So what does it do? According to the legislative analyst, “This measure authorizes the state to sell an additional $1.5 billion in general obligation bonds for capital improvement projects at (1) the 13 children’s hospitals and (2) other public or private nonprofit hospitals that treat children eligible for the CCS program. As shown in Figure 1, the measure provides 72 percent of the bond funds—roughly $1.1 billion— to the eight private nonprofit children’s hospitals. Each of these eight hospitals may apply for an equal share of this funding. The measure provides 18 percent of the bond funds—$270 million—to the five UC children’s hospitals. Each UC children’s hospital may apply for an equal share of this funding.” How would these be repaid? “using the state’s general tax revenues.” So, we have a direct benefit to the initiative sponsors, paid for by the taxpayers.
But that might be worth it if this is necessary? Is it? The Yes on 4 side shows that most of the major papers in the state are in favor of this one. The LA Times notes that this is the smallest of the bond measures, and that “Many of these hospitals serve a disproportionate share of low-income patients, leaving them dependent on the state’s help to meet their construction needs. Voters have approved two similar measures before, in 2004 and 2008, and they should pass this one as well.” That aspect is true: these are nonprofit hospitals. The Times goes on to note: “The eight children’s hospitals that would be the main beneficiaries of this bond issue are being squeezed financially by the state in two ways. A growing percentage of their patients — 63% — is on Medi-Cal, and the state reimburses hospitals for those treatments at one of the lowest rates in the country. At the same time, the state has imposed more stringent seismic retrofitting standards that the hospitals must meet by 2030, and to do that, almost 30% of their inpatient capacity needs to be upgraded.”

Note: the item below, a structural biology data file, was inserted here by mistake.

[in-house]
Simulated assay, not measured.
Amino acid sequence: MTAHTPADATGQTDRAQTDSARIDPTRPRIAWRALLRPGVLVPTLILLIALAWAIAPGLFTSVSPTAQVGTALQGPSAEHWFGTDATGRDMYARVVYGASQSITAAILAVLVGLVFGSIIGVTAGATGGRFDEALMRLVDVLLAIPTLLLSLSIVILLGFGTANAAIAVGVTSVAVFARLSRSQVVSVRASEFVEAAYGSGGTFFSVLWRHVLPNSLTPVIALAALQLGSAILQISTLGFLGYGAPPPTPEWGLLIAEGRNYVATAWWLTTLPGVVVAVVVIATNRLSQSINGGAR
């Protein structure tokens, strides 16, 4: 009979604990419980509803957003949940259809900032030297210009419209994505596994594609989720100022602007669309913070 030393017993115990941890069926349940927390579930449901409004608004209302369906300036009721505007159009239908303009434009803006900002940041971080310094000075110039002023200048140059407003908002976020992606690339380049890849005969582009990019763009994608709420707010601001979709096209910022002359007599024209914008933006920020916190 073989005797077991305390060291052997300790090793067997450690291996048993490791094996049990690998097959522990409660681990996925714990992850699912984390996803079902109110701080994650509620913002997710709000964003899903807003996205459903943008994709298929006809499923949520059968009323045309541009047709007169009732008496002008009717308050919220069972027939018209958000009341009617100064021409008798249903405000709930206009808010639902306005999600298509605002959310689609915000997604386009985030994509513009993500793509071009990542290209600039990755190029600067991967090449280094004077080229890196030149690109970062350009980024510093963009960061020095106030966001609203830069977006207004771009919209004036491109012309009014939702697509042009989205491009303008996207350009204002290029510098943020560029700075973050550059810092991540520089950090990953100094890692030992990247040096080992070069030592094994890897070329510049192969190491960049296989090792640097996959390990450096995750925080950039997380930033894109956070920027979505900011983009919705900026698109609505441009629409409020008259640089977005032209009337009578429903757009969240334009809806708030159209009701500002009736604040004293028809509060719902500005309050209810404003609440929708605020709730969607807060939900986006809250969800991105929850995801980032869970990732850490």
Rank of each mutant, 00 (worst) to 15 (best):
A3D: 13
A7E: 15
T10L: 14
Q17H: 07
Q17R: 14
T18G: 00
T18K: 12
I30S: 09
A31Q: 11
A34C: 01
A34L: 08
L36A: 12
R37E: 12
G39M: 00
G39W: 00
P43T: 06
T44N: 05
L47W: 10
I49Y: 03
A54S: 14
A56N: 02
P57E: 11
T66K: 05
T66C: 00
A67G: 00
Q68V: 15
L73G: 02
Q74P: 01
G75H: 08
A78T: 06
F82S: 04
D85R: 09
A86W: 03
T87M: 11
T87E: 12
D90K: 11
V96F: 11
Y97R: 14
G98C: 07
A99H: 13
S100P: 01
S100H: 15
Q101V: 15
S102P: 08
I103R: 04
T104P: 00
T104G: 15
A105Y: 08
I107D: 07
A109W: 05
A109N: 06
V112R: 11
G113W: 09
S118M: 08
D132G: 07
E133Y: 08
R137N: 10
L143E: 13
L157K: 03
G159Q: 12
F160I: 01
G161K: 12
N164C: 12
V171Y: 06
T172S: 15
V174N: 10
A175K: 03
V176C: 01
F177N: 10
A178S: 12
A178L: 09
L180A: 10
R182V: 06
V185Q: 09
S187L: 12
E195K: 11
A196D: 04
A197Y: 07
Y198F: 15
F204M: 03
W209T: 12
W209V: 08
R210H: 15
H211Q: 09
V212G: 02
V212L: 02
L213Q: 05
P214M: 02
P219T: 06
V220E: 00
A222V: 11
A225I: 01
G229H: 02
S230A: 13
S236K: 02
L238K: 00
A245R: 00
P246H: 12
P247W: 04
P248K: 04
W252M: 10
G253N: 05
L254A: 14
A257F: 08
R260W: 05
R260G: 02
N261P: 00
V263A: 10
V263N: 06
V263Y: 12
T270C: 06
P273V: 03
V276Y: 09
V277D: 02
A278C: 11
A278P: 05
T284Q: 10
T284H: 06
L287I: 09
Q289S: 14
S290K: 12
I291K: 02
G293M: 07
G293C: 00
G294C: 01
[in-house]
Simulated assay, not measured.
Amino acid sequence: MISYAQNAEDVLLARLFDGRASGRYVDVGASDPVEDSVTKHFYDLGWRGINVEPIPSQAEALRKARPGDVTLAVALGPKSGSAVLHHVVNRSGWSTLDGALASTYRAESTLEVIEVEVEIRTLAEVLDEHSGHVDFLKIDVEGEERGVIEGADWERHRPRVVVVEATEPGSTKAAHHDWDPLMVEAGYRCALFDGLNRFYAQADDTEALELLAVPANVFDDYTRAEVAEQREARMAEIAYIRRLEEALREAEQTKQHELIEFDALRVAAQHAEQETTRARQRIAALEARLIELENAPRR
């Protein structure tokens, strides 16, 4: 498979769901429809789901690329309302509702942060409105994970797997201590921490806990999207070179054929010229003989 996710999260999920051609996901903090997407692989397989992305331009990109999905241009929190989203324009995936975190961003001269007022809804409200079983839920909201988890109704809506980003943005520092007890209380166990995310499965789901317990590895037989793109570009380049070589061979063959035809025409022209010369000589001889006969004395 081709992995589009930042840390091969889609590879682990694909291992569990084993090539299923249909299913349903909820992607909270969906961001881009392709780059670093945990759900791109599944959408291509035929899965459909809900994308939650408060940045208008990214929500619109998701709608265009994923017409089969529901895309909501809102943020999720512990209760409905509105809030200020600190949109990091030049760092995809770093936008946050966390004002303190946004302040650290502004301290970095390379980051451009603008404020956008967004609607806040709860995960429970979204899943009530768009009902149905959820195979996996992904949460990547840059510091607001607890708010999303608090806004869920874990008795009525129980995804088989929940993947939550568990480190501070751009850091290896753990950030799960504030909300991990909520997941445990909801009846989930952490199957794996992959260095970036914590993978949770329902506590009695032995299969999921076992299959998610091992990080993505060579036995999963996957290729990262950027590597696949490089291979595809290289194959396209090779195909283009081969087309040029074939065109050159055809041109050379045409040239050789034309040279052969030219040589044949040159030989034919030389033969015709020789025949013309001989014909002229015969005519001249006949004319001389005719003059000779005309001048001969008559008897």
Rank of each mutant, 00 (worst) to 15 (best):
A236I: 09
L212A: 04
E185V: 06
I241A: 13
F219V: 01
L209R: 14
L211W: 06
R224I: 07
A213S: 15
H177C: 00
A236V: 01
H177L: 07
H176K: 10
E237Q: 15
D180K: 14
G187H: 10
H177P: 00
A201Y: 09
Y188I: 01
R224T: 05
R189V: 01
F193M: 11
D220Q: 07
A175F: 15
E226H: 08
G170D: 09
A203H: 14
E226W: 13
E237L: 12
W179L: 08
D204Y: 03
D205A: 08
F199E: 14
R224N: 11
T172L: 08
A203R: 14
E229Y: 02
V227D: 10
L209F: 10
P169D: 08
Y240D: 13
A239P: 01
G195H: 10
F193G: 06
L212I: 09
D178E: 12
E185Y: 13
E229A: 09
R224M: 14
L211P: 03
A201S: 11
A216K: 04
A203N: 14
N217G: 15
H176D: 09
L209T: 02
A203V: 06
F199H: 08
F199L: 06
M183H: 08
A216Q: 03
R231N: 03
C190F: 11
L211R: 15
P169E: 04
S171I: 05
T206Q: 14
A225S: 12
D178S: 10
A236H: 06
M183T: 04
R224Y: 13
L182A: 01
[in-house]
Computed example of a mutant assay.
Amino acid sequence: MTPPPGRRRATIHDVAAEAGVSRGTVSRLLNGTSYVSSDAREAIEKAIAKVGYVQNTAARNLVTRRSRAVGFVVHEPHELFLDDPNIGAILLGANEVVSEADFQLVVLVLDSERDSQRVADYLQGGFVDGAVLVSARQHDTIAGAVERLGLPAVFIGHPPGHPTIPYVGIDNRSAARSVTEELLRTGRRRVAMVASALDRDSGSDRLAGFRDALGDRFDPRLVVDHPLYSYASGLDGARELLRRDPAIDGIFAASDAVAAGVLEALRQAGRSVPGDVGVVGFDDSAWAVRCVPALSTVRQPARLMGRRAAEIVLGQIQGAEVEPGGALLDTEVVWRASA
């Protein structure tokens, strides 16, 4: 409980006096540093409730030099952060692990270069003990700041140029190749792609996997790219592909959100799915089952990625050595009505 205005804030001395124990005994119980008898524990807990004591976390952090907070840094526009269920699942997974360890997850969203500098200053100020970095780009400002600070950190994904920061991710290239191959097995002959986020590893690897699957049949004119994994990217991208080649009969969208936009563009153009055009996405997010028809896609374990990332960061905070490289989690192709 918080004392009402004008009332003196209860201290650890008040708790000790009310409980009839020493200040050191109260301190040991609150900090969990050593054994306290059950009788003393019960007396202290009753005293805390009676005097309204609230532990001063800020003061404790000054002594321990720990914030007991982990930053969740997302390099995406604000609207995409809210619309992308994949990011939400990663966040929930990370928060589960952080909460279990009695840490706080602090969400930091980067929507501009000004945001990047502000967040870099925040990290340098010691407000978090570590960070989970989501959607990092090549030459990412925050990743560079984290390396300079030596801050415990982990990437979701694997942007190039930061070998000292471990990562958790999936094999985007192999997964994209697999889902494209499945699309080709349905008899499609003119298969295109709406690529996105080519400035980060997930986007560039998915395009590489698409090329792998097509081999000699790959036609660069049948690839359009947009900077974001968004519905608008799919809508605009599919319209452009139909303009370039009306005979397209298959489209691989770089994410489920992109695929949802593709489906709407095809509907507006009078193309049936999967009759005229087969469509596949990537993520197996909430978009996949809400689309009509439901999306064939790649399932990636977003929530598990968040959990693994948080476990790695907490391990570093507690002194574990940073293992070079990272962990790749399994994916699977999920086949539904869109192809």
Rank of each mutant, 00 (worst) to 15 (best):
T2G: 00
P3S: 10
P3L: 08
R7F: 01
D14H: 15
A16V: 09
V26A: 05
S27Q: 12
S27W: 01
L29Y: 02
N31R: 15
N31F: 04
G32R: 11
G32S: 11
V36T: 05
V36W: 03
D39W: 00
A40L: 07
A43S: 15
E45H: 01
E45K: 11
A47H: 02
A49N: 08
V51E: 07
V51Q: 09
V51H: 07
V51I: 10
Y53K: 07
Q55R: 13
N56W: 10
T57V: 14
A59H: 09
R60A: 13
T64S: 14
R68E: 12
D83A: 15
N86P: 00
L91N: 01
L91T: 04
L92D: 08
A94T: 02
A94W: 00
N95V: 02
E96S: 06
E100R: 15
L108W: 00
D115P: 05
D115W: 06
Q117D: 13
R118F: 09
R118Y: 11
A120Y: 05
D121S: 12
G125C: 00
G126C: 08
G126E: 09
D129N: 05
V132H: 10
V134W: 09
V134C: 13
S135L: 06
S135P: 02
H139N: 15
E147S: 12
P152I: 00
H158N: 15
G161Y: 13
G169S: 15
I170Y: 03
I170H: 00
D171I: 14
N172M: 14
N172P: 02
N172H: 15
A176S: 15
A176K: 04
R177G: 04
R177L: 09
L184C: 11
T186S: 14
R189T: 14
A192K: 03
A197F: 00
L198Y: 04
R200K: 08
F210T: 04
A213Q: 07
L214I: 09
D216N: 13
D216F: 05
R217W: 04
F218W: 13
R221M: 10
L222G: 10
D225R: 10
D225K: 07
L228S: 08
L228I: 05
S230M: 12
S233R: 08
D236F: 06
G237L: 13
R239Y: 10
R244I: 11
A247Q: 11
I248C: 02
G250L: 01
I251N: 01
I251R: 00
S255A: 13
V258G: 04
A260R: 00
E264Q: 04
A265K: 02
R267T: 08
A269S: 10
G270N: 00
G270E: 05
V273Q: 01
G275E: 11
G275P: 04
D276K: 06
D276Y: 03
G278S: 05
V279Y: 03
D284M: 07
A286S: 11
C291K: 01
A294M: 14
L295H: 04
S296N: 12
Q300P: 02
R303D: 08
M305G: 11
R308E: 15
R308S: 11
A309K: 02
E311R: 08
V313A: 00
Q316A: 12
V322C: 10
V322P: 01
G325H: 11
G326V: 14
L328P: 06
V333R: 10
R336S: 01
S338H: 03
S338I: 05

Seismic issues are a big factor for hospitals, and many have closed because of the costs of repair. Especially for our children, we need to make sure these places are open. Even the SD Union Tribune, which is cool to bonds, notes “
At a time when the state regularly sets aside billions of dollars in reserves, it’s tough to grasp the logic of using borrowed money to fix up hospitals that will end up costing taxpayers about $2.9 billion. Nevertheless, The San Diego Union-Tribune Editorial Board supports Proposition 4. Thanks to Gov. Jerry Brown’s coolness to bonds, even if all the measures now before voters pass, the state is on track to spend less than 5 percent of its general fund budget on bond payments — a relatively small amount. And as Zocalo Public Square columnist Joe Mathews recently pointed out on these pages, two previous state bonds helping children’s hospitals were well-managed. He also makes the case that the 13 hospitals do an admirable job helping the children of California deal with potentially devastating illnesses — and that their needs for capital improvements are undeniable.”